The Great British Bake Off is back tonight, so Gemma Dunn finds out what’s in store
Paul Hollywood is musing over some of The Great British Bake Off’s more well-known fans. “There’s a lot of celebrities, a lot of people that approach you. It’s crazy, where it’s got to...,” he begins.
“There were a couple of people on Instagram, a very famous American actress, who’d baked something,” he recalls, furtively.
“She sent a video and said, ‘I wonder what Paul Hollywood would say about this?’ And you’re going, ‘What?’
“And then you get people like Nick Mason, the drummer of Pink Floyd, who bakes all the time.
“I also remember getting a call from Ronnie Corbett years ago; he wanted to speak to me, he baked a lot of bread!” quips Hollywood, 53.
Now back for a 10th season, its third since on Channel 4, the baking competition is set to once again delight the nation, with judges Paul Hollywood and Prue Leith, plus presenting duo Noel Fielding and Sandi Toksvig, returning for the ride.
This year’s participants showcase a younger demographic than most.
“They’re much younger and actually it’s been the hardest year judging, personally, for me, because it was all about detail,” admits Hollywood, who has been a staple of the show since its 2010 inception.
“You judge them in your head and mark them one to ten, and then in the next round they all do the opposite!” explains the Cheshire native.
“Then you have to sit around the table and decide who’s going to be star baker and who’s going to go.
“Paul’s right,” Leith chimes.
“The number of times that the person who has won the technical or won the signature round comes last in the showstopper, it happens over and over again.
“The hard thing for them is if they’re sent home because they’ve cocked up,” she empathises. “They know it’s perfectly fair but they’re just so angry with themselves.”
“I’d rather judge them when they’ve done the best they can, rather than when they’ve made a mistake,” Hollywood says. “It makes it easier and it’s nicer for them. But, that’s the job and I think the decisions we’ve made are correct and you go home with a clear conscience.”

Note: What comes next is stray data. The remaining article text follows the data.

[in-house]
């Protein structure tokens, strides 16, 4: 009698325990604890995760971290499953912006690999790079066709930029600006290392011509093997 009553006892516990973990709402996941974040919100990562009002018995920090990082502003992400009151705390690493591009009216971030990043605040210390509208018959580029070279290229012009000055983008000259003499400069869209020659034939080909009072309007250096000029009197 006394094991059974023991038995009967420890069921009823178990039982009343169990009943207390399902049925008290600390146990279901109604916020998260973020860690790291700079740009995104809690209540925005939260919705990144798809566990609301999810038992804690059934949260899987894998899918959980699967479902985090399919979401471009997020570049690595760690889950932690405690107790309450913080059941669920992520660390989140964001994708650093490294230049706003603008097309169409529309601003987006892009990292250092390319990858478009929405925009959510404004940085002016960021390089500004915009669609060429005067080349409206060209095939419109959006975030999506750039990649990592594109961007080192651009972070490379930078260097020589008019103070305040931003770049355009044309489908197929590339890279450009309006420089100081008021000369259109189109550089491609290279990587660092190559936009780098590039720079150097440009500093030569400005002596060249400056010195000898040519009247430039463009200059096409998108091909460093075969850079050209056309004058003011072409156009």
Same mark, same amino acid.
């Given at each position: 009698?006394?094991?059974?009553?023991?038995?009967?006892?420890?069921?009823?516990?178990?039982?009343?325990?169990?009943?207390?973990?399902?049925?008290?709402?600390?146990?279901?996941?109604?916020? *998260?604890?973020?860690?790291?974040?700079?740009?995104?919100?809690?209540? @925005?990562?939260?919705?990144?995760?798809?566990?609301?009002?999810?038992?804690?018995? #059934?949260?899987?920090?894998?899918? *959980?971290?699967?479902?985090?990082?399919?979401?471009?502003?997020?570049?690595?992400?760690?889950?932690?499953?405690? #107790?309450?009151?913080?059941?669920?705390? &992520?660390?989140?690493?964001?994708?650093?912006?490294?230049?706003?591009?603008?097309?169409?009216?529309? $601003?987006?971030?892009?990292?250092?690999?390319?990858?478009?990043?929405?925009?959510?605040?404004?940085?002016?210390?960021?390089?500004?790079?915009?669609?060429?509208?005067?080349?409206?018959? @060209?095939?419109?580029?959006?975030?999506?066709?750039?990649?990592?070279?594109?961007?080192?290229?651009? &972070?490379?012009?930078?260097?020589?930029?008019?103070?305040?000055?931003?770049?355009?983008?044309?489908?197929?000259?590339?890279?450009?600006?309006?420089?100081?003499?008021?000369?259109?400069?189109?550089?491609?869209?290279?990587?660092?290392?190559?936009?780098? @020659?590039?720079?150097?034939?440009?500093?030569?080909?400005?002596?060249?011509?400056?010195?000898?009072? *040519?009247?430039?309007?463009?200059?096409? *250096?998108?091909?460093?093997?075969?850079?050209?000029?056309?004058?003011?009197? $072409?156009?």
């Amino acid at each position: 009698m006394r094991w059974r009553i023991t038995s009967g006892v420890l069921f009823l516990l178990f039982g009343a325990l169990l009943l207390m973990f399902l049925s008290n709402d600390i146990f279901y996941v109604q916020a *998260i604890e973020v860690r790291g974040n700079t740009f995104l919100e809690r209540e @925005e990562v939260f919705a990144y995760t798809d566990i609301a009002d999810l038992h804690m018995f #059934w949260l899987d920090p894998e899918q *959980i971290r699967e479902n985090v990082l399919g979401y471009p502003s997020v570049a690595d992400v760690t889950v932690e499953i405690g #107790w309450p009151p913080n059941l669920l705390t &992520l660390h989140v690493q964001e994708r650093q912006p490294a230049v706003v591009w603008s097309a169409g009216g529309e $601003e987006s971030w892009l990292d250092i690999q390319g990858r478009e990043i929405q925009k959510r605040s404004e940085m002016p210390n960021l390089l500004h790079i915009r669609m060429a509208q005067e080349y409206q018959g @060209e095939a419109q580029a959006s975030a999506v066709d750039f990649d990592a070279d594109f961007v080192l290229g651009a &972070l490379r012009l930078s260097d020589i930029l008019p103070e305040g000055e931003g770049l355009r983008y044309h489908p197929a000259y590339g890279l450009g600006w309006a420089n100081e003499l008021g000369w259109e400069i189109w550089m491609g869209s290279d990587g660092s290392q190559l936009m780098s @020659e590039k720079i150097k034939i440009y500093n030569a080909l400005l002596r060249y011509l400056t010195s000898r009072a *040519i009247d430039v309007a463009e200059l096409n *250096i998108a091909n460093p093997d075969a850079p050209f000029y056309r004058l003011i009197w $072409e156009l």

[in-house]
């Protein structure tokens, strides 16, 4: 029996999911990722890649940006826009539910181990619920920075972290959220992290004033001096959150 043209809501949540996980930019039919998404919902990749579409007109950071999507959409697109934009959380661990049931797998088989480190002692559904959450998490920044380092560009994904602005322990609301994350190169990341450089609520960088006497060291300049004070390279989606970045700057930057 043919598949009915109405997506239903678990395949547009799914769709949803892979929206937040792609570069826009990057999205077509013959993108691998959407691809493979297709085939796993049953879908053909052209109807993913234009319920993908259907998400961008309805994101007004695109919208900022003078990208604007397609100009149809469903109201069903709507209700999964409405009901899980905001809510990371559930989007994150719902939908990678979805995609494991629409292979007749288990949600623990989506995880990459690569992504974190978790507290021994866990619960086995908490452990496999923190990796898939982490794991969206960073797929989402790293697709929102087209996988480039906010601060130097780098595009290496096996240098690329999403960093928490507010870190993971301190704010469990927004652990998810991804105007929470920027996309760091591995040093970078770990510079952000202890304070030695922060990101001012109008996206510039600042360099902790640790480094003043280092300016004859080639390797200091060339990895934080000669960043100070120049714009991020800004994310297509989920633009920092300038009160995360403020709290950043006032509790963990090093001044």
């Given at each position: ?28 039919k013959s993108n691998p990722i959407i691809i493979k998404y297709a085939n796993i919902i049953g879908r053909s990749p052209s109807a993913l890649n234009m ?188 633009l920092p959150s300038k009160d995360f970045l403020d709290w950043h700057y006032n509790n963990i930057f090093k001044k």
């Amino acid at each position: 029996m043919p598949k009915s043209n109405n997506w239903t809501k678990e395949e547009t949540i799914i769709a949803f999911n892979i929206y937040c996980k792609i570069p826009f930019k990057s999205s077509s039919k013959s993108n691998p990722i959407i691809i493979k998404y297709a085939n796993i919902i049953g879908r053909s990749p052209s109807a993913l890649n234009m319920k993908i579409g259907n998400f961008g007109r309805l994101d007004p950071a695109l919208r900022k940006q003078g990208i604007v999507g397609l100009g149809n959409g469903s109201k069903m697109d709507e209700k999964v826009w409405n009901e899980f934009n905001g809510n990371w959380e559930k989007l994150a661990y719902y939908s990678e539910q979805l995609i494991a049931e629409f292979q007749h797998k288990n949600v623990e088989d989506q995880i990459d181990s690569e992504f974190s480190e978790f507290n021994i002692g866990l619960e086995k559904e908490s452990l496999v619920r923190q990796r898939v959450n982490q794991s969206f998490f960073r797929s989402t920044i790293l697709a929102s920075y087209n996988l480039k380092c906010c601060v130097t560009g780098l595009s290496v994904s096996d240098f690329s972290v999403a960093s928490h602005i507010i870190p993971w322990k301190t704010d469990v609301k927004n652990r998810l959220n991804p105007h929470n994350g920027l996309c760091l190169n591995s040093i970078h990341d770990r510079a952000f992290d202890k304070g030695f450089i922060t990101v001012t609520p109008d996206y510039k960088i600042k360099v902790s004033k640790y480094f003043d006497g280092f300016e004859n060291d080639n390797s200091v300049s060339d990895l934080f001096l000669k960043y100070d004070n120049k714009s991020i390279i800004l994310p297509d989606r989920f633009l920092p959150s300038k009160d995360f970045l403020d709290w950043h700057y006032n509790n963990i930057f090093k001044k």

But it’s not just youthful contestants getting a slice of the action — those watching at home spans generations, too. “We know it’s cool to bake; you see it in schools,” coos Hollywood, who shares a teenage son with ex-wife Alexandra. “I’ve been into schools in the past to judge and the reaction is incredible,” he reminisces. “I remember when I first walked in, I heard screams!
Even the judges how found themselves inspired. “I’ve been amazed at how much more baking I’ve done since I’ve been on this show!” Leith confesses.
“I used to bake the odd cake,” she adds, “If someone was coming to dinner, I would make a polenta cake for pudding or whatever; or [if we were] having people for the weekend, I’d make a cake the kids could eat. But now I tend to nick the recipes from the bakers!”
She follows: “I pinched Steven Carter-Bailey’s caramel cake recipe and I took Paul Hollywood’s chocolate cake. I don’t even like chocolate cake! But this particular cake is delicious. And very rich.
“Now it’s one of the most popular things I bake because it’s the one I use for my grandchildren’s’ birthday cakes because they all like chocolate!” says the grandmother-of-four.
“We had a challenge a couple of years back which was a basket meringue cake, and I have done that in the past for a quick birthday thing or to go to a dinner party,” Hollywood adds.
What about the future — can they see an end in sight?
Hollywood laughs that he still wants to be doing the show when he’s “a grumpy old man with a stick”.
“And my ambition is not so ambitious,” Leith responds.
The Great British Bake Off returns to Channel 4 tonight